What overlooked and obscure cuisines are Chowhound worthy? And what gateway dish would help culinary explorers come to love unfamiliar fare?
Some say we should start by looking in our own backyard. “Most Americans know very little about the contributions of the Shakers to their country’s cuisine,” says greygarious. “The Shakers were the first to make extensive use of herbs and spices, not to mention that they created the paper-packet seed industry, among their scores of other innovations. They invented a dough-kneading machine and a vertical rotating oven that baked dozens of cakes, pies or loaves of bread at a time. There are many Shaker cookbooks with inventive but hearty and still familiar dishes, like Spiced Grape Drink, my favorite summer alternative to lemonade.”
cbjones1943 says that Americans tend to underestimate German and Austrian foods, which are often associated with “too much beer, too much sausage, too much sweet wine of poor quality” such as Liebfraumilch. cbjones says, “[I]t appears to me that German cuisine receives a bad rap. I’ve worked briefly in Germany and have had some refined, tasty dishes (eg macerated pork w/mushroom/cream/wine sauce, trout pulled out of a stream just prior to cooking etc).”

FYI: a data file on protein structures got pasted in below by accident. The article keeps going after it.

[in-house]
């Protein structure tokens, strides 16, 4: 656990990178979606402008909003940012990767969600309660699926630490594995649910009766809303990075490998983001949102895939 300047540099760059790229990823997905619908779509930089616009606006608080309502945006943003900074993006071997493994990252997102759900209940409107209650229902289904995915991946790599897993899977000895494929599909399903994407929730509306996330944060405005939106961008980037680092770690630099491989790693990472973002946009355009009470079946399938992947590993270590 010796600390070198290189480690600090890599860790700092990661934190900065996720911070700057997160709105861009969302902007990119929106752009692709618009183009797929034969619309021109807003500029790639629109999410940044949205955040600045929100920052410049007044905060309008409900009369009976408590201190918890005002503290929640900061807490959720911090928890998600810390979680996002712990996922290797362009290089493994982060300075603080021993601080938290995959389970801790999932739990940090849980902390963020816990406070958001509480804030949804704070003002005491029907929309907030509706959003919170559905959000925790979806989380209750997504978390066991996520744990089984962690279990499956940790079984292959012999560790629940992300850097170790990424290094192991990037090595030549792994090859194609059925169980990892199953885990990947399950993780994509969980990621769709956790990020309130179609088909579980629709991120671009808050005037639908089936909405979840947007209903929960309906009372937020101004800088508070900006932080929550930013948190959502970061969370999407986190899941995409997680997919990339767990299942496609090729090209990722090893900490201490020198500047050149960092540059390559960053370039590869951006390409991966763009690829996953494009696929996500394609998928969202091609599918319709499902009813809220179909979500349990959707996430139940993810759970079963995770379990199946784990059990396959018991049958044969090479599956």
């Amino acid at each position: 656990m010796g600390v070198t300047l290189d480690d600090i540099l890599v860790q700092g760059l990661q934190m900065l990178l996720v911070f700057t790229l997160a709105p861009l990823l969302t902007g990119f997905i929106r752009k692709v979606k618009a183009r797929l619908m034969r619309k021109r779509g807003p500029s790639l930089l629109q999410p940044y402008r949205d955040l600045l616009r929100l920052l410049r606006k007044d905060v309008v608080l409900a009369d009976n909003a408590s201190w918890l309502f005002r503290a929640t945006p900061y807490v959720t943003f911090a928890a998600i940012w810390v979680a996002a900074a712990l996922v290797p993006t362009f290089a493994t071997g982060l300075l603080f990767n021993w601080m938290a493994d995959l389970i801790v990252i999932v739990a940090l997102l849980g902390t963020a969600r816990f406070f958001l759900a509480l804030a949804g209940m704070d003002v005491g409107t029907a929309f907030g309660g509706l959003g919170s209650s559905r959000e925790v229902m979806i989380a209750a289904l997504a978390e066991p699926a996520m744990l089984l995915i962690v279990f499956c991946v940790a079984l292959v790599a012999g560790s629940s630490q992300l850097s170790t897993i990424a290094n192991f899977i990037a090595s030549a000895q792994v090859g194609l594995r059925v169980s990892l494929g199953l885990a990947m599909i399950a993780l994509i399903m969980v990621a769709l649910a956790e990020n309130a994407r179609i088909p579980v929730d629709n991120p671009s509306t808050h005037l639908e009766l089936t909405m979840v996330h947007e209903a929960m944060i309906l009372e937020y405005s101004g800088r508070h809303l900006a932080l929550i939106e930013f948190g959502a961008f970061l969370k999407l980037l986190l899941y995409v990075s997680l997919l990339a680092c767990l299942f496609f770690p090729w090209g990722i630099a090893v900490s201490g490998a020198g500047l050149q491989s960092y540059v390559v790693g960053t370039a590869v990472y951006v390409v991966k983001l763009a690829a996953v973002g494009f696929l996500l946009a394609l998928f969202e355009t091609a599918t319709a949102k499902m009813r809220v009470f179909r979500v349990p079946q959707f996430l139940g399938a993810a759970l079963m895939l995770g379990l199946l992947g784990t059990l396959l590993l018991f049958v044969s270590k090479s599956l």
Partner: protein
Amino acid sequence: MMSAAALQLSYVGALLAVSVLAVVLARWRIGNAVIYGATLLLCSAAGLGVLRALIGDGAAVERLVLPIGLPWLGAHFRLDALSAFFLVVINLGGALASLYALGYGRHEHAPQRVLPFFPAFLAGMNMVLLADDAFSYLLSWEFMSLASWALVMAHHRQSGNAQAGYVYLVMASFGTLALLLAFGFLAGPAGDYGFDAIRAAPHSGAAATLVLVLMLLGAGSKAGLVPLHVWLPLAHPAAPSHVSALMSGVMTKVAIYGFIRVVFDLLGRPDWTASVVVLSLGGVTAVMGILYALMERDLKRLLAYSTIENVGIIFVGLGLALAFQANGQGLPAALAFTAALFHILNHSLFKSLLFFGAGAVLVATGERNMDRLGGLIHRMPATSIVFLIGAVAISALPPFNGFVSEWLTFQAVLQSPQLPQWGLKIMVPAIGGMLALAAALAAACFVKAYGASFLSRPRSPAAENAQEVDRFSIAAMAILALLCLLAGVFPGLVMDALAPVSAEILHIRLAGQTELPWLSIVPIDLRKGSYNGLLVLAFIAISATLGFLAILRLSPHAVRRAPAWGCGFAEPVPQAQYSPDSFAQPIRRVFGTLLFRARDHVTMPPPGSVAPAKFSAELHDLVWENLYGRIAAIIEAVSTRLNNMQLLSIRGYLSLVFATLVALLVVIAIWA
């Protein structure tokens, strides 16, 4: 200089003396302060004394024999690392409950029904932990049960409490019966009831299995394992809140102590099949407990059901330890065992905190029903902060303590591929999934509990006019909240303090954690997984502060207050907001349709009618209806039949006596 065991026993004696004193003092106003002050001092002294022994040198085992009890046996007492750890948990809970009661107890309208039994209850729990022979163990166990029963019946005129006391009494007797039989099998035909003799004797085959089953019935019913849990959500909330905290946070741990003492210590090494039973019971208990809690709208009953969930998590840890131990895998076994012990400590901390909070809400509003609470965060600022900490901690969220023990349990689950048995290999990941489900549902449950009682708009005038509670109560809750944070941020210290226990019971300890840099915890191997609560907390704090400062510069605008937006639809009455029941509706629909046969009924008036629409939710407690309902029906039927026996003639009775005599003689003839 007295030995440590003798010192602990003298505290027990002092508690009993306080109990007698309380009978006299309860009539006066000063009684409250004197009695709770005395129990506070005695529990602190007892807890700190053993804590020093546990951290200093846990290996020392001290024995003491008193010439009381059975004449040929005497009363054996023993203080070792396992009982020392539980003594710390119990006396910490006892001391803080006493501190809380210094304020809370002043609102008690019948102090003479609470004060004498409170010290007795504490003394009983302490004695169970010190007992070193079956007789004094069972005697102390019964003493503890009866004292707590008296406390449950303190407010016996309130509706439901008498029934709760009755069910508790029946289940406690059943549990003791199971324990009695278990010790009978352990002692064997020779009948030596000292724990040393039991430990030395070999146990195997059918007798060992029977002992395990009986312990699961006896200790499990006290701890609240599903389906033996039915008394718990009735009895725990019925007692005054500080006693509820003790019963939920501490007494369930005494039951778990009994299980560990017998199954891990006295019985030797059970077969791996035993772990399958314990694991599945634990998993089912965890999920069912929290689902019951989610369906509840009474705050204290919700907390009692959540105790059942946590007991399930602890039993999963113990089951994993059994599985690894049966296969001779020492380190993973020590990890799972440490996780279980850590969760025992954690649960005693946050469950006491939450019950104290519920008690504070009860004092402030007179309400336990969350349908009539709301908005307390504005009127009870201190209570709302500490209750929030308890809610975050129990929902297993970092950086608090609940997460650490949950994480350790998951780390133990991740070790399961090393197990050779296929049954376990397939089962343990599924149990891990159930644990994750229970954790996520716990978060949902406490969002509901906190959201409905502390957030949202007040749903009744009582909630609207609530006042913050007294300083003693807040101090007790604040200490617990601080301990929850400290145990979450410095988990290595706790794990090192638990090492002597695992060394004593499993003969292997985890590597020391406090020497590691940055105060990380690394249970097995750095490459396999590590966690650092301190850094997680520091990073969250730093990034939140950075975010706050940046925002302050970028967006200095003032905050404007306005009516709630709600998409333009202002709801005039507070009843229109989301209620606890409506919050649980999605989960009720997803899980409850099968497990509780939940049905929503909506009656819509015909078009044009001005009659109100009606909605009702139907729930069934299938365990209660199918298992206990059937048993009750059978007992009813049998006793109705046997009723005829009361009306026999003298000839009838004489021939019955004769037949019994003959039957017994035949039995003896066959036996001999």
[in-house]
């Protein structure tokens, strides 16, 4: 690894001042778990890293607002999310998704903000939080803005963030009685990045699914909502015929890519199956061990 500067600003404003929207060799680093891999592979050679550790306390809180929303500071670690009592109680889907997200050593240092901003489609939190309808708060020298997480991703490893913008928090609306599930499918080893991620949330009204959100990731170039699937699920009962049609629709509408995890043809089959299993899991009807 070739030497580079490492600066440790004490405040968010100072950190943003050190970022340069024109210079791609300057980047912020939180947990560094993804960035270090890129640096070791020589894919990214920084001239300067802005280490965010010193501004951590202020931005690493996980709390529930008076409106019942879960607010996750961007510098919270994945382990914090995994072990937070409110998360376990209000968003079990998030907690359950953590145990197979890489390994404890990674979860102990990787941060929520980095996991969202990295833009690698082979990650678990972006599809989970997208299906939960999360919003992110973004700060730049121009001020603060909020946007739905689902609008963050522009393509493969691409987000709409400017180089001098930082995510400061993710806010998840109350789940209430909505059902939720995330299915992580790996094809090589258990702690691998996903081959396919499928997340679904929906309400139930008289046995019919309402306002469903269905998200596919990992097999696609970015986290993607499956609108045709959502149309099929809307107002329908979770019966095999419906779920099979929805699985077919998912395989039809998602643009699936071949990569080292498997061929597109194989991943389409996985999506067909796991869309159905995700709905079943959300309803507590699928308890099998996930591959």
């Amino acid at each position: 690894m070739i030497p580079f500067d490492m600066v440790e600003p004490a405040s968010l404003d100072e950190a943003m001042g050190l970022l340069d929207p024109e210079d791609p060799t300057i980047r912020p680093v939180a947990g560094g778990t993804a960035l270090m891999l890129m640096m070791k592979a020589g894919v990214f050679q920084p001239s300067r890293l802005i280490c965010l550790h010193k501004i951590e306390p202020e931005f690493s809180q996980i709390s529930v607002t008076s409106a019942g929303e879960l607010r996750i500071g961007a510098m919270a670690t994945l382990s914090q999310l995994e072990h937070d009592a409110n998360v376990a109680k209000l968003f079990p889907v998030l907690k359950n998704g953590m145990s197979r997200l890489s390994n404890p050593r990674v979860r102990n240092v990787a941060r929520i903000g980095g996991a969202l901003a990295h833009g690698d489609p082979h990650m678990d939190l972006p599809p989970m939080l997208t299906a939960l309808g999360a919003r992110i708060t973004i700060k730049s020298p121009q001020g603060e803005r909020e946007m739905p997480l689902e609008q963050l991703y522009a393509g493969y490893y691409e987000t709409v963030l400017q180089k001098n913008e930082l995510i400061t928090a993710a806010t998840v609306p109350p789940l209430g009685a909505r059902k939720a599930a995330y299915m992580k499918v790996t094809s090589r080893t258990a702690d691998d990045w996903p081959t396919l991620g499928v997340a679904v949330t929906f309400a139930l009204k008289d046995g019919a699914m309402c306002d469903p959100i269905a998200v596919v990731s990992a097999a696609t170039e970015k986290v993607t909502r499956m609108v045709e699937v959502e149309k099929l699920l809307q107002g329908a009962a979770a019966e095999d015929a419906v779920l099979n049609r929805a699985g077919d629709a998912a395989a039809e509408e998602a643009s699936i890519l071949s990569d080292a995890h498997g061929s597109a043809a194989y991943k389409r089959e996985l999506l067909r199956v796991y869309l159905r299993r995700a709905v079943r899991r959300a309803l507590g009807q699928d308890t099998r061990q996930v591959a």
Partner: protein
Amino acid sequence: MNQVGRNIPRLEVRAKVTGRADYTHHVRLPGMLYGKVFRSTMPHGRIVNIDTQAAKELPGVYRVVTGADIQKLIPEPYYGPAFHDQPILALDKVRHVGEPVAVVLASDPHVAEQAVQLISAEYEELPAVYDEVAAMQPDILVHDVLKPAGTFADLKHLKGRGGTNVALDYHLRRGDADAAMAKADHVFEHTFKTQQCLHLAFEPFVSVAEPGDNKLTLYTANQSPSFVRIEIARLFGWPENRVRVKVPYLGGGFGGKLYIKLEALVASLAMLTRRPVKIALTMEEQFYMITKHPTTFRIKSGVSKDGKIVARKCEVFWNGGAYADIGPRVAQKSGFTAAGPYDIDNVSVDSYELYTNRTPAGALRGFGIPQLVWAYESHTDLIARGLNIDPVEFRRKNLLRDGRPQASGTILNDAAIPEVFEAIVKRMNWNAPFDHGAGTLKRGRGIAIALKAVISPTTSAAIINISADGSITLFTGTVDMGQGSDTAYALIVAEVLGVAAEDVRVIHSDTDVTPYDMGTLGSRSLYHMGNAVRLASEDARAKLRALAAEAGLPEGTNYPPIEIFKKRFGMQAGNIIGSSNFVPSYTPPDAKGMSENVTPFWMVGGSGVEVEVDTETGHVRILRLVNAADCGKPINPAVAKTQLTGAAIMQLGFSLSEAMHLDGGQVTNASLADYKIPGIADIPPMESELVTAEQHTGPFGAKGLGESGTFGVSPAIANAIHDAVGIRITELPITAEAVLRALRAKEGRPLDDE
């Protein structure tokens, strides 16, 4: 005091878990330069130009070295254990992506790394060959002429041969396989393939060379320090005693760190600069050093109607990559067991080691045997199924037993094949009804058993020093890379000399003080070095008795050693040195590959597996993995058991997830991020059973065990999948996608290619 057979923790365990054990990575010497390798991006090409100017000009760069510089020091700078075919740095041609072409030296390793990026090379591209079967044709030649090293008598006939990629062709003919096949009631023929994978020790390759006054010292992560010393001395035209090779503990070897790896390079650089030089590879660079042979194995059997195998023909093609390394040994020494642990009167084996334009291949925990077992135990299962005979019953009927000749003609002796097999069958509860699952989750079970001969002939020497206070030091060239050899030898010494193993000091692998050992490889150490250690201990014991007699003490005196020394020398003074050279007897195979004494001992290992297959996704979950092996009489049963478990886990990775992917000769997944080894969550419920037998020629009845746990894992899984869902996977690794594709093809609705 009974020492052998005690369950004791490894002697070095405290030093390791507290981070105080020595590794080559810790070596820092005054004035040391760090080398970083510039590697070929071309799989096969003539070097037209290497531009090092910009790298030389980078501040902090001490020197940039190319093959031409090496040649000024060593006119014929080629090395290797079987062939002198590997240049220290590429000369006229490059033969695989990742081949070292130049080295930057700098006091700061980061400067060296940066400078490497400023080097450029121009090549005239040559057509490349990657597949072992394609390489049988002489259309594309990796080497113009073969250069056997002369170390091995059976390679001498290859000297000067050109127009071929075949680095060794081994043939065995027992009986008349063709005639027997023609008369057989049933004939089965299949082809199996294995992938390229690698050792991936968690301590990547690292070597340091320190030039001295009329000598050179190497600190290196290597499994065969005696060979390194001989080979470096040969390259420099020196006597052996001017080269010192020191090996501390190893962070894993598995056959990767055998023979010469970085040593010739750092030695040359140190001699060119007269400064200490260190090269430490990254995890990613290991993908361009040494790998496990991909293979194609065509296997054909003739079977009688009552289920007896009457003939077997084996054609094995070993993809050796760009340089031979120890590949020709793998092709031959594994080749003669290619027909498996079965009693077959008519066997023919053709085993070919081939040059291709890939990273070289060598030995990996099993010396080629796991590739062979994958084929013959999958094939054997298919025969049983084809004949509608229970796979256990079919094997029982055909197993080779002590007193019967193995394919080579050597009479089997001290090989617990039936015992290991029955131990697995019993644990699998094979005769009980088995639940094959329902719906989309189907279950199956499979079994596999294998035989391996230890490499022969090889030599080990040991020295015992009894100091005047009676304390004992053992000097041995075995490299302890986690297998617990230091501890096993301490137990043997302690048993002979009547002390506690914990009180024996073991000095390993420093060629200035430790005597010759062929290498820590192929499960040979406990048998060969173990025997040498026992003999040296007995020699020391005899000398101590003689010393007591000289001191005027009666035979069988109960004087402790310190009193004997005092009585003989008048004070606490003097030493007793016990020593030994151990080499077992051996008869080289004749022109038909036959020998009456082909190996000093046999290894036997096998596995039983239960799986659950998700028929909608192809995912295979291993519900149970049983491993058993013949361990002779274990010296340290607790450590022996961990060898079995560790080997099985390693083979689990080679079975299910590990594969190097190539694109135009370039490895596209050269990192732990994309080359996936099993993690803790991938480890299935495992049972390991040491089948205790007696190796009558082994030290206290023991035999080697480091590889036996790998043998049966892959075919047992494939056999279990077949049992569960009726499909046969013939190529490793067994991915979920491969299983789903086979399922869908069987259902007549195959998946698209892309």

Cambodian cuisine also flies under the radar, says Rocky74. “People complain that it isn’t as interesting as Thai or Vietnamese but the Khmers ruled that region for so long that a lot of Thai and Vietnamese food was influenced by them,” says Rocky. “What many fail to appreciate is that Cambodian meals need to be eaten as such rather than a single dish so each meal has a spicy soup, a salad, a vegetable dish, protein of some sort…”
mariacarmen suggests gaining entry to Bolivian food by trying a “fantastic” dish where a “ball of mashed potatoes is stuffed with basically the same beef stew that’s in the salteñas (diced beef, onions, olives, hard boiled egg, raisins), then the ball is rolled in egg wash and flour, then fried in butter until crispy on the outside.”
Good food comes from around the globe and in all forms, says danionavenue: “Hungarian food is good. … But I think there needs to be more Minnesotan Tater Tot Hot Dish in the world!”